Another instance of the gap between knowledge production and knowledge use, and what some federal funding agencies in the US are doing about it. Eli Berman, a professor of economics at the University of California at San Diego, does work that many would see as vitally important: He analyzes global trouble spots in the hopes […]

Some interesting data on the profession: Which philosophers, books, and journals are assigned most often in philosophy courses from English-speaking countries? Highlights: Of around 4,000 unique authors, the top three authors assigned in these courses are Plato, Aristotle, and Kant (in that order). The journal Philosophy & Public Affairs ranks fifth most-assigned philosophy journal in these courses. […]

A William James moment: Mariana Valverde on the foundations of disciplines, and what this can illuminate about how to respond to the co-opting of ‘interdisciplinarity’ as hollow administrative jargon. She uses the term ‘infradiscipline’ to describe the knowledge production regime from which contemporary disciplines arose, and argues for recovering this sense of scholarship to counter […]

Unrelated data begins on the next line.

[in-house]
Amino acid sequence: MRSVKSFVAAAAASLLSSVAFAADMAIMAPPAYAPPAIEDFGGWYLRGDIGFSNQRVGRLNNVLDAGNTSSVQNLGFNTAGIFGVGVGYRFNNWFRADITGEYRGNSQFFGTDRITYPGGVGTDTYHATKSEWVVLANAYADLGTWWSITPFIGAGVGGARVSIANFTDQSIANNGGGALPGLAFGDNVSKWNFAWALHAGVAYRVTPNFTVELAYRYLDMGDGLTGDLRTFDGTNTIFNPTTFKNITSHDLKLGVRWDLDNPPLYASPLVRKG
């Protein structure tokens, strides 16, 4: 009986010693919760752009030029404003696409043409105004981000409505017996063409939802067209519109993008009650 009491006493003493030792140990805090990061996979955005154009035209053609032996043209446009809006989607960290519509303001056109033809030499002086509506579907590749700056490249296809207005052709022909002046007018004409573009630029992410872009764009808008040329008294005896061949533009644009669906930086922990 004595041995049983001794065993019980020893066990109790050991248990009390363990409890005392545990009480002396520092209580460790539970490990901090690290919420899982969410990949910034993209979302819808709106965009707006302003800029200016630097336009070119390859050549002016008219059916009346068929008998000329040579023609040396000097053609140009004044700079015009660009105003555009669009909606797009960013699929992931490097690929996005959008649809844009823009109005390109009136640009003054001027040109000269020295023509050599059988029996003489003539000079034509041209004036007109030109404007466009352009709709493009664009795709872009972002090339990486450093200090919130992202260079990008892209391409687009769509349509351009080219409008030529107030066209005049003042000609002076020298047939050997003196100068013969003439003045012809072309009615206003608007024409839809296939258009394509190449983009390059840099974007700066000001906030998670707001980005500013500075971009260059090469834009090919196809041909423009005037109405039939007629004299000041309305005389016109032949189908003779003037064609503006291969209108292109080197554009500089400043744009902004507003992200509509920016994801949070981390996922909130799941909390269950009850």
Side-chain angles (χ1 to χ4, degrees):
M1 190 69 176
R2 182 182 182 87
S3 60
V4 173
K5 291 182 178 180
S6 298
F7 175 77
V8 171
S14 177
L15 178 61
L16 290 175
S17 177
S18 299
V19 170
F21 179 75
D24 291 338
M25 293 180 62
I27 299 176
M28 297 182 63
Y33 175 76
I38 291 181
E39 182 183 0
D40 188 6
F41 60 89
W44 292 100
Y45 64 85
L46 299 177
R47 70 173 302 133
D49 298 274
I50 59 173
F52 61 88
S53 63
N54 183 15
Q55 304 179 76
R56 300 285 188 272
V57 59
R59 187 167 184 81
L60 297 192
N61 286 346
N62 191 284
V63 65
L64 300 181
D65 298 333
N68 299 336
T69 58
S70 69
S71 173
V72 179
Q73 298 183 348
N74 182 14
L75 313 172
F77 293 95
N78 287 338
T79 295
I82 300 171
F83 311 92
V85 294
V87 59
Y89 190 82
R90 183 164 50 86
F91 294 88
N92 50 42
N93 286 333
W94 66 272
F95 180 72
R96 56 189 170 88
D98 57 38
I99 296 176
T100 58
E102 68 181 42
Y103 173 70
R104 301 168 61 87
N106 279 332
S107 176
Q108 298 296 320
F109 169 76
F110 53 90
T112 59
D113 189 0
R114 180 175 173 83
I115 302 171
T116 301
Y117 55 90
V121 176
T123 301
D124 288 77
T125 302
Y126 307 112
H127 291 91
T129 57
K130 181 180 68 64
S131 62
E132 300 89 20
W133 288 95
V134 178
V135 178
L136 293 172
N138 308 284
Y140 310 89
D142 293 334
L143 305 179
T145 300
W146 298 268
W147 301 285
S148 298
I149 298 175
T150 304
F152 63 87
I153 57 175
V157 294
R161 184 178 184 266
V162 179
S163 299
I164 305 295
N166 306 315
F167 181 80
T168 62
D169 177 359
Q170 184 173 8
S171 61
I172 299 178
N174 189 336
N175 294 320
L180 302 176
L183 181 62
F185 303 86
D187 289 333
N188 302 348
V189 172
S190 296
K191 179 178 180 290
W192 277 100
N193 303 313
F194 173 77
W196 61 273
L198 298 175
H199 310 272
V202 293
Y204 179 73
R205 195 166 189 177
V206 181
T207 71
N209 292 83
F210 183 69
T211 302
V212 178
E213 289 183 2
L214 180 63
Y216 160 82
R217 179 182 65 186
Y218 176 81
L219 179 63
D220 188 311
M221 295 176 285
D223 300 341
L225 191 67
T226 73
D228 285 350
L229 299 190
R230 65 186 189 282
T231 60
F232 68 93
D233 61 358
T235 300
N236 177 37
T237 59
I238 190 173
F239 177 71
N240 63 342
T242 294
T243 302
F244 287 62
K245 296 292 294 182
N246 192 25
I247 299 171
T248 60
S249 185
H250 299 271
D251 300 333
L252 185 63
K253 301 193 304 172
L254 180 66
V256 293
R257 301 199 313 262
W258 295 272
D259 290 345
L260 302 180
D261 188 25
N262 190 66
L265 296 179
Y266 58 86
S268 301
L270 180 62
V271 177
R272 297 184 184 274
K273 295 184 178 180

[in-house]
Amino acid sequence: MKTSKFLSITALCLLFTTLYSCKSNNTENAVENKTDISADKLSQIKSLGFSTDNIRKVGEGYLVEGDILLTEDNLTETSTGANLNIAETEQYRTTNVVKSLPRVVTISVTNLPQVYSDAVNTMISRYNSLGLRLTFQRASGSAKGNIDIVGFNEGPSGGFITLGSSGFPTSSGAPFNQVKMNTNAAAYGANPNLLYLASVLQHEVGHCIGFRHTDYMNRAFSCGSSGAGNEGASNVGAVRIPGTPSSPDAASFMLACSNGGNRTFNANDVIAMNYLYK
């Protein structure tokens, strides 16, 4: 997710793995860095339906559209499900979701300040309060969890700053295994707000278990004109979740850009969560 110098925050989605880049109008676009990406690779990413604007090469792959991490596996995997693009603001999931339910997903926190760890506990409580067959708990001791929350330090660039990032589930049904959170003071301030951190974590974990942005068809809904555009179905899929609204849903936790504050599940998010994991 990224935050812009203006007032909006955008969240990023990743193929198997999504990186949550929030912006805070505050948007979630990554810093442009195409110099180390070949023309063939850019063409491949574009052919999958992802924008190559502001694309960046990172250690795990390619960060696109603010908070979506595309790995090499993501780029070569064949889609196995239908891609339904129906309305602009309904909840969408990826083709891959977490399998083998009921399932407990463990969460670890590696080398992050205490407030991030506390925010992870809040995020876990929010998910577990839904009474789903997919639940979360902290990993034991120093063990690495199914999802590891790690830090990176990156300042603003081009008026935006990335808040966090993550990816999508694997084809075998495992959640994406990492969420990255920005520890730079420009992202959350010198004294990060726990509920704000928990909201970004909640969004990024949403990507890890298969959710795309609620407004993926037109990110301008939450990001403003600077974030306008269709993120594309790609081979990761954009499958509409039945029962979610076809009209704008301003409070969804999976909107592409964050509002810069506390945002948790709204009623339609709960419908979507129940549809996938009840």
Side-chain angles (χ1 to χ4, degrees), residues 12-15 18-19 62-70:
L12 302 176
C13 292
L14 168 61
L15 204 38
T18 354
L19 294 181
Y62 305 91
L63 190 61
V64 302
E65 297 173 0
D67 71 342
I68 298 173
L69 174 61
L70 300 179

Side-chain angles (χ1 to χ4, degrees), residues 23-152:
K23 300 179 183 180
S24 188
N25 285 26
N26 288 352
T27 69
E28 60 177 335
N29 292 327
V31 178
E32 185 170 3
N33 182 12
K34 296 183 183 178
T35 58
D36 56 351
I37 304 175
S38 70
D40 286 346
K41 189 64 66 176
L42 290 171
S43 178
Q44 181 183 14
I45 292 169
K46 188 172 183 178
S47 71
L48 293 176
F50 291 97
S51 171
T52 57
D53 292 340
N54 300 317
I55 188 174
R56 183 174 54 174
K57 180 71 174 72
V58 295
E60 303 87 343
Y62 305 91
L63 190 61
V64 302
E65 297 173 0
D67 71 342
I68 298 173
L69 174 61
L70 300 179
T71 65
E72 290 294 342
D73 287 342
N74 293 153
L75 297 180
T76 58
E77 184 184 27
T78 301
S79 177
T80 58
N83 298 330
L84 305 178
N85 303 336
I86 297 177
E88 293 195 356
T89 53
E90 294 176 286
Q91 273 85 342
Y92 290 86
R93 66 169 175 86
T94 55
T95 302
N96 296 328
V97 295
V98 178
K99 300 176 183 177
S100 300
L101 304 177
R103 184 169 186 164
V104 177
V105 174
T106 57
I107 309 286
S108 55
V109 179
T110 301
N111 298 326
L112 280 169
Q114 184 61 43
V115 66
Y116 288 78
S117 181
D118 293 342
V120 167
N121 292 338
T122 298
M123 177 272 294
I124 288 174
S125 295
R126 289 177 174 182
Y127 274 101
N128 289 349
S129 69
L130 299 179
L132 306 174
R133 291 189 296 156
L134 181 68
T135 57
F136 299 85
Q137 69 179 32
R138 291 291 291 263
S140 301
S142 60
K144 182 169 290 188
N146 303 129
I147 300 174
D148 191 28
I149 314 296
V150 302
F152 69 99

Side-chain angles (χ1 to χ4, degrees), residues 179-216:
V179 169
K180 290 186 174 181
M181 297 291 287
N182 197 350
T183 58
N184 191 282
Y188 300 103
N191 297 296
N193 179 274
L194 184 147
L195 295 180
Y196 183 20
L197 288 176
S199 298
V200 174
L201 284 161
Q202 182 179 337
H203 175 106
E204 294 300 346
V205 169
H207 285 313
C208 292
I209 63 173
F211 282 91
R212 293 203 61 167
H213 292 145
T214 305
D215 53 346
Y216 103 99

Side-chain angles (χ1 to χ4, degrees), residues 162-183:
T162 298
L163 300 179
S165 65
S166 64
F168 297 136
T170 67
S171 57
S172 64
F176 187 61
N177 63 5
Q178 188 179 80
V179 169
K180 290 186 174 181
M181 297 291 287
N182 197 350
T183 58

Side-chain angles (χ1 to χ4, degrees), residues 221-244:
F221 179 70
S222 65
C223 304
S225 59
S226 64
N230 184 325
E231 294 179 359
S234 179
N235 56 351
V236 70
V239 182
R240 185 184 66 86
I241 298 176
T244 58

Mark Bauerlein and colleagues (2010) argue that the publish-or-perish arms race of knowledge production increases costs, fosters poor-quality work, and distracts faculty from teaching. They ask, rhetorically, do we really need the 16,772nd article on Shakespeare? Geoffrey Harpham (2011) thinks that, yes, in fact we do. As our times change we bring new eyes to […]

A study by Biswas and Kirchherr (2015) found that 82% of peer-reviewed publications in the humanities are never cited. The study’s authors estimate that less than 5% of peer-reviewed humanities papers are ever read by anyone. It matters little matters if these numbers are correct: they will be used in partisan wars seeking to defund the […]